We investigated the occurrence of phytoseiid mites, as indigenous natural enemies of Thrips tabaci Lindeman, in winter-harvested Welsh onion fields in Chiba Prefecture, Japan. Periodic surveys were carried out in five fields, and six species of phytoseiid mites were captured. We assumed the dominant species was Gynaeseius liturivorus（Ehara）, because we captured this species in 8 fields during temporary surveys of 17 fields. Gynaeseius liturivorus populations were higher during October to December in winter-harvested Welsh onion fields receiving lower applications of agrochemicals than conventionally controlled fields. Adult female densities were significantly higher on the insides of leaf folds than on other surface areas of the Welsh onions; all stages of G. liturivorus were frequently observed at peak abundance on the insides of the leaf folds. These results suggest that the insides of Welsh onion leaf folds provide a suitable habitat for G. liturivorus. We identified their predatory potential against T. tabaci in the laboratory（adult females consumed 1.1±0.4 adults or 5.3±1.9 2nd instar larvae per day at 22°C with a 12L:12D photoperiod）, and observed suppression of thrips in the fields at peak abundance of G. liturivorus. However, development of enhanced techniques for insectary plants and evaluation of agrochemical effects on G. liturivorus are needed in order to sustain higher mite densities, because the control of thrips by mites was not sustainable in this study.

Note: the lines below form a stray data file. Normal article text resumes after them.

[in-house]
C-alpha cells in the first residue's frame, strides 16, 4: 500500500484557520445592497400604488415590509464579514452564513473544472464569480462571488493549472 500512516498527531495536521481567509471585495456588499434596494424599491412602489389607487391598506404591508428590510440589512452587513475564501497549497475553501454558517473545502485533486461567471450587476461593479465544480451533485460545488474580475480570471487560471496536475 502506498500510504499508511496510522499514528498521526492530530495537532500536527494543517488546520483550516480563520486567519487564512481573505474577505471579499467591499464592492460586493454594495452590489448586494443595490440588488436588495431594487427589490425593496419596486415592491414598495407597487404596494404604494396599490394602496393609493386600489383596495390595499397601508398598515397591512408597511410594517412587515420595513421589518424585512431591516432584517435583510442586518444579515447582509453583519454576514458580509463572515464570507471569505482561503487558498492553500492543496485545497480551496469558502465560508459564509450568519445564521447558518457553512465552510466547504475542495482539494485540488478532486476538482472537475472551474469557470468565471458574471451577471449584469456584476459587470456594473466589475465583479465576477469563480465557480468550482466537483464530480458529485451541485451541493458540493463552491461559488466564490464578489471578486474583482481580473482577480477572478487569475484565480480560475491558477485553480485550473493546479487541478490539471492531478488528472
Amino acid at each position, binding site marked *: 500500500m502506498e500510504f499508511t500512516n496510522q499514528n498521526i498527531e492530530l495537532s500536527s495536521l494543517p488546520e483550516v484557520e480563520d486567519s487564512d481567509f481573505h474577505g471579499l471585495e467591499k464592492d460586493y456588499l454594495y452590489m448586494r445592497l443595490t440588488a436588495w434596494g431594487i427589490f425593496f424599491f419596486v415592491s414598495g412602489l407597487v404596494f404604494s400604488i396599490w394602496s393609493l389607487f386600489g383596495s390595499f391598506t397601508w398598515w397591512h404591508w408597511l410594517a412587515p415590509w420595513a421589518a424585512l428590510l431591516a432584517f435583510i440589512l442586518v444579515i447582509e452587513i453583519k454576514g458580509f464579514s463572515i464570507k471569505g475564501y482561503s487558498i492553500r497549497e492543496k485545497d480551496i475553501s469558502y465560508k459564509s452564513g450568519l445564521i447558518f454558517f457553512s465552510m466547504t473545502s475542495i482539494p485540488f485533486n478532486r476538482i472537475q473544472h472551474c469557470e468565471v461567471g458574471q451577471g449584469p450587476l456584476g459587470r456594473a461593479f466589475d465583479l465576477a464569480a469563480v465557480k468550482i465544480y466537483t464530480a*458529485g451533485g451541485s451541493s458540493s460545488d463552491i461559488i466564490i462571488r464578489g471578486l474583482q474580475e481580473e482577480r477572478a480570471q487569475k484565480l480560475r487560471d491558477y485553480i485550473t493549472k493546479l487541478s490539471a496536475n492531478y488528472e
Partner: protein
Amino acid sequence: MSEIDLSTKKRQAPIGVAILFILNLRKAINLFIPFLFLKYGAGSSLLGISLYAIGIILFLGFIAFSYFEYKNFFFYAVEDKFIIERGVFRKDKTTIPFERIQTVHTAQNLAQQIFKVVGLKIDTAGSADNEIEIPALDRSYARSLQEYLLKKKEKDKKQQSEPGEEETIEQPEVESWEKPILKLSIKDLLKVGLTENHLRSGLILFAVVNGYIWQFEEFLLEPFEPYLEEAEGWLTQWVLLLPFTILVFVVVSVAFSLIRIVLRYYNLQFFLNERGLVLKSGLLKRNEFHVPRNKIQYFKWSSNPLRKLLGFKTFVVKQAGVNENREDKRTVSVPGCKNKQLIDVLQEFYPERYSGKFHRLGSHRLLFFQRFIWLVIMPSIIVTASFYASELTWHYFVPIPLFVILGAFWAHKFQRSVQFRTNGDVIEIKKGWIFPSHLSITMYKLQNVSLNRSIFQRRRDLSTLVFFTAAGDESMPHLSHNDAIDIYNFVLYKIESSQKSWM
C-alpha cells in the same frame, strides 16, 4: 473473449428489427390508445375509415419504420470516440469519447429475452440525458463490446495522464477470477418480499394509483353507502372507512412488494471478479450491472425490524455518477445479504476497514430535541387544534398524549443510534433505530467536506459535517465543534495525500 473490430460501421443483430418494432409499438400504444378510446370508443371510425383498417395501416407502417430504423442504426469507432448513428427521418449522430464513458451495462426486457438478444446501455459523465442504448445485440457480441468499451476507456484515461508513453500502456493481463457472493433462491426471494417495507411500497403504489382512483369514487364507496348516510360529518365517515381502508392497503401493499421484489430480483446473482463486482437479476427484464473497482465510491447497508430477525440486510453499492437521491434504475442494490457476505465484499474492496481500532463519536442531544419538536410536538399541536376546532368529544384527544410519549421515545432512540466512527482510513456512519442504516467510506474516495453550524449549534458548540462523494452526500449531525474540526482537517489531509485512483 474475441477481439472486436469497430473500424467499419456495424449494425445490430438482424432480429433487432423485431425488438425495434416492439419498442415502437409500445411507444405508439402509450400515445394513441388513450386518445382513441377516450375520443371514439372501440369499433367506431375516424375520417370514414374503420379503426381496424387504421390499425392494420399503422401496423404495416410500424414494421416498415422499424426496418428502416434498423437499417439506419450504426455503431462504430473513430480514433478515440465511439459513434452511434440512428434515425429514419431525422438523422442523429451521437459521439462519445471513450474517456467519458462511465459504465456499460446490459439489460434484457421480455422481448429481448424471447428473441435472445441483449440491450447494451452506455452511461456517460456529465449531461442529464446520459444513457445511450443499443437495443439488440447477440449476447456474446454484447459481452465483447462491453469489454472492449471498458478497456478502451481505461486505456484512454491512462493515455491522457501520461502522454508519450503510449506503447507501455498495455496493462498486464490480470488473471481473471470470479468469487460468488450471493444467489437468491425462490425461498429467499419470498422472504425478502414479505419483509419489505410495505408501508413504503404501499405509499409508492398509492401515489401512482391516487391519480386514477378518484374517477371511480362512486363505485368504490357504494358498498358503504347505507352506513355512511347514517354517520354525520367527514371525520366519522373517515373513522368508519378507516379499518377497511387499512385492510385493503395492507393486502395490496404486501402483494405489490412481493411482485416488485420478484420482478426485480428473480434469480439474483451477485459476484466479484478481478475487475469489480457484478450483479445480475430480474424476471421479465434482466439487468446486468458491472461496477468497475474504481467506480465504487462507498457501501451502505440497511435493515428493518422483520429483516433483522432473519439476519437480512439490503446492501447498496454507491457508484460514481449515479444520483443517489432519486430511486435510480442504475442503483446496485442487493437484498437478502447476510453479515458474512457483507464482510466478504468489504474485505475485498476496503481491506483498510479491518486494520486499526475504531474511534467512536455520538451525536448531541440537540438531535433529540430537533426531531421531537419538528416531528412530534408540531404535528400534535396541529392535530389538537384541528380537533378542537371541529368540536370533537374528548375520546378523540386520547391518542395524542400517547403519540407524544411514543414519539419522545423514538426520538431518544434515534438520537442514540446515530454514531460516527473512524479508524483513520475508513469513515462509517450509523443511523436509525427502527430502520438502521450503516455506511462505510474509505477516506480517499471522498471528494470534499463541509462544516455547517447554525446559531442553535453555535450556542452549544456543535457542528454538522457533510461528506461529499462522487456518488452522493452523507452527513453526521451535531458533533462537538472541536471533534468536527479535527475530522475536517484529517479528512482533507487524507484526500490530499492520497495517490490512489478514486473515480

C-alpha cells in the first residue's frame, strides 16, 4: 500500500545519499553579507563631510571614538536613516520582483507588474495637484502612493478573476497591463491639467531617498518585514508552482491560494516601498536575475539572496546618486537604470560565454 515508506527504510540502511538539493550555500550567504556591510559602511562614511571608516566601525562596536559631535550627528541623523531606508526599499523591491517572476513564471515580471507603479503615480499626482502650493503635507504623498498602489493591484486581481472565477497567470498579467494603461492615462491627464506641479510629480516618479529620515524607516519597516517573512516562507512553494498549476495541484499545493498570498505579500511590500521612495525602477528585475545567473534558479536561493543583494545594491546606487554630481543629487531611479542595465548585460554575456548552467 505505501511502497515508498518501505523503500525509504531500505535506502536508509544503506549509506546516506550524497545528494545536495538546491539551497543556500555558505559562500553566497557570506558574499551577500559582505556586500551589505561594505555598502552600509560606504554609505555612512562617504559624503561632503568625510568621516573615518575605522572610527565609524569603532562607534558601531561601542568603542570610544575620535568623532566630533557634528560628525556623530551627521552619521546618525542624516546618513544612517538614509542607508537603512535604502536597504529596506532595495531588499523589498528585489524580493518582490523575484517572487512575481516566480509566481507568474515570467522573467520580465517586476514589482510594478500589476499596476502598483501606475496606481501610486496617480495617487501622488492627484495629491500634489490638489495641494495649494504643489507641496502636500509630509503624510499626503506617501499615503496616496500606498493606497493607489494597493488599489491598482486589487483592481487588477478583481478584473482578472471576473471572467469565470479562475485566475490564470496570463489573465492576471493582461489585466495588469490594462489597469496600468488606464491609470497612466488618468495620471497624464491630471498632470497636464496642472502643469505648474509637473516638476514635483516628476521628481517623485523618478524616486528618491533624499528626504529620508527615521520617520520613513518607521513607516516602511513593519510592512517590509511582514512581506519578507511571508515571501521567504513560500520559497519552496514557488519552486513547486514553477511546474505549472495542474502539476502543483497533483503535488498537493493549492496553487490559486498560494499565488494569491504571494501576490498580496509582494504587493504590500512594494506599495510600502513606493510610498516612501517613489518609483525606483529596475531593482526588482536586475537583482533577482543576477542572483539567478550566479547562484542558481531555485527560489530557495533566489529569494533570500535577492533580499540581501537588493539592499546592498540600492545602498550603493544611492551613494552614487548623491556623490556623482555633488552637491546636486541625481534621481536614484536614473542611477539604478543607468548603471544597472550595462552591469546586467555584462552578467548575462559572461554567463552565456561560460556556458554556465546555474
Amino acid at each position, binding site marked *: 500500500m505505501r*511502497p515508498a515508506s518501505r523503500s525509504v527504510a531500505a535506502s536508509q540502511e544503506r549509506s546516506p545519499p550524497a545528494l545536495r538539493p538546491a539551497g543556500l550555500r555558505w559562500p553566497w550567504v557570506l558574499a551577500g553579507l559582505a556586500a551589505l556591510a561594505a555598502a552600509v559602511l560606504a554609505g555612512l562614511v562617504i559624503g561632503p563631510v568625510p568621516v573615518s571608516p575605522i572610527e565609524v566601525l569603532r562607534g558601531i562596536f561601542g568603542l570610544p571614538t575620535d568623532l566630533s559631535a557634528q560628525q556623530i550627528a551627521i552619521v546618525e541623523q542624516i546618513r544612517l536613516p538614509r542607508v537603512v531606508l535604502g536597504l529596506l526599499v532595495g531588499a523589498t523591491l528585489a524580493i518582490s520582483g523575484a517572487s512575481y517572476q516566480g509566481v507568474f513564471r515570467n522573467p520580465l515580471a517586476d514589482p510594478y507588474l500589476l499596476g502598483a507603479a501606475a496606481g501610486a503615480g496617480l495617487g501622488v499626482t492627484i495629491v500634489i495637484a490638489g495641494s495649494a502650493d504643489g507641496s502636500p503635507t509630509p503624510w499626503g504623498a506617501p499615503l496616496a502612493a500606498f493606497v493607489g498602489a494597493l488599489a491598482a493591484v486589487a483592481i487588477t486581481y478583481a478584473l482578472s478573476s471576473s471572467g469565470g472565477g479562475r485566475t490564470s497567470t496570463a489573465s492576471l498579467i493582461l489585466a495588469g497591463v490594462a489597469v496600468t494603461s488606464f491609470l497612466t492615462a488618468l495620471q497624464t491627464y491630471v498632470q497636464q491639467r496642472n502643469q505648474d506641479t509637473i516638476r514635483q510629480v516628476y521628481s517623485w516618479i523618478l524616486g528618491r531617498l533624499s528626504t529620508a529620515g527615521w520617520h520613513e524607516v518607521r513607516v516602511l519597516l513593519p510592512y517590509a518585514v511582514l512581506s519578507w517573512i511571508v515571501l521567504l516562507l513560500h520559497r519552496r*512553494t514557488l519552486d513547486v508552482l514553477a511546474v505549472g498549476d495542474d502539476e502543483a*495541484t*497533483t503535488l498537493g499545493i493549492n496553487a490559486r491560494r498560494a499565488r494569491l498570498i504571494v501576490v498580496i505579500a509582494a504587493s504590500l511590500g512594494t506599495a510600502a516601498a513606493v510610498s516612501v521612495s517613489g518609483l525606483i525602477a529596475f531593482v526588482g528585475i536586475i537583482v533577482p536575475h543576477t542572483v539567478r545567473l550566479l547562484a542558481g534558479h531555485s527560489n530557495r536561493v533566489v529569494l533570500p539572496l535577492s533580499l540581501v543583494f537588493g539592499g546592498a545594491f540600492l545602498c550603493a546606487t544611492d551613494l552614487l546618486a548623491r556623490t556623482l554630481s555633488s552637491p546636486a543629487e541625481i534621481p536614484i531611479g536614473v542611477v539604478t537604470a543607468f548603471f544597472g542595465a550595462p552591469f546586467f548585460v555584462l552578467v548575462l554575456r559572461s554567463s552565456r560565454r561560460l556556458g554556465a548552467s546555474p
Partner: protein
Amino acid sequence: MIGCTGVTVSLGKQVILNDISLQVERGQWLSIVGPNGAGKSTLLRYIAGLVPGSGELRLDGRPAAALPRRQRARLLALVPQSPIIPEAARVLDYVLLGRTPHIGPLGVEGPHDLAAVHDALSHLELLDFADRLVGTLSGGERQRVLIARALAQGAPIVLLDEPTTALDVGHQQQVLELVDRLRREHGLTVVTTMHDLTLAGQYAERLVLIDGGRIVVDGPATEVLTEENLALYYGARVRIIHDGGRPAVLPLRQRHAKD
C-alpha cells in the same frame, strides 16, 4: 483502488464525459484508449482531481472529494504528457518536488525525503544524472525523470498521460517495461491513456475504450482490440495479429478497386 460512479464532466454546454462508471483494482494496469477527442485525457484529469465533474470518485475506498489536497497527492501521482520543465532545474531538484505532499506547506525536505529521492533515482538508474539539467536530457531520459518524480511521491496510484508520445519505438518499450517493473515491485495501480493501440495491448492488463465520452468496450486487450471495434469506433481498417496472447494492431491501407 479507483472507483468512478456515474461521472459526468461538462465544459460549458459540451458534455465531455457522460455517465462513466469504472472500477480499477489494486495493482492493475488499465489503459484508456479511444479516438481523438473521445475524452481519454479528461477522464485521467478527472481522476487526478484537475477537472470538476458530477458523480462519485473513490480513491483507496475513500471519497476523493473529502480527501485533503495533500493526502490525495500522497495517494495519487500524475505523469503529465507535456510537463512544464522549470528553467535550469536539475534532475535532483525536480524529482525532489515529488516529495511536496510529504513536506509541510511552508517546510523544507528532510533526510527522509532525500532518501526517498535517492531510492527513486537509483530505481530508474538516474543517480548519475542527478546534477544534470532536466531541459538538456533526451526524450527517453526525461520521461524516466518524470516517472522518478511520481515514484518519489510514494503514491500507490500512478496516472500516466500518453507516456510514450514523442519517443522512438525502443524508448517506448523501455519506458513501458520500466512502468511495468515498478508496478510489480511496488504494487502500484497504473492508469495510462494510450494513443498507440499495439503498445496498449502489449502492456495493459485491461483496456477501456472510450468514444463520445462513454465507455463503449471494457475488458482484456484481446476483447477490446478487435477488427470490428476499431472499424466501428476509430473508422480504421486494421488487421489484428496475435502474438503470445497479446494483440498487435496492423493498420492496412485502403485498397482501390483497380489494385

The parasitoid Encarsia smithi comprises two phylogenetic groups. Type I is a strain that was introduced from China in 1925 to control the orange spiny whitefly, Aleurocanthus spiniferus, in Japanese citrus orchards. The other strain, type II, was accidentally introduced and has recently been found in tea fields infested with the tea spiny whitefly, A. camelliae. In this report, we describe our developed rearing method for successive generations of the two strains using A. spiniferus-infested citrus seedlings. In rearing experiments, we found these strains to have different ecological characteristics in terms of number of offspring and emergence pattern.
Nesidiocoris tenuis（Reuter）has good potential as a biological control agent for tomato. In this study, we evaluated the within-plant distribution of N. tenuis in greenhouse grown tomatoes under an increasing temperature condition. When the population density of Bemisia tabaci（Gennadius）was low, N. tenuis aggregated on the upper leaves. However, when the population density of B. tabaci was increased on the middle leaves, N. tenuis also increased on the middle leaves. These results suggest that N. tenuis are capable of aggregating in an area where B. tabaci are distributed and preying on them. However, we need to investigate not only the increasing temperature condition but also the decreasing temperature condition to prove N. tenuis changes its within-plant distribution depending on prey density.
To date, in Japan, several species of the genus Morophagoides Petersen are known to be pests of shiitake mushroom, Lentinula edodes（Berk.）Pegler. Due to close similarities in the wing markings of the species, it is sometimes difficult to distinguish each species based only on external appearance. In order to provide useful information for pest management strategies, taxonomic keys are given to distinguish the seven Japanese species of the genus mainly using wing maculation and male and female genitalia. Furthermore, the six species are also distinguished by standard DNA barcoding.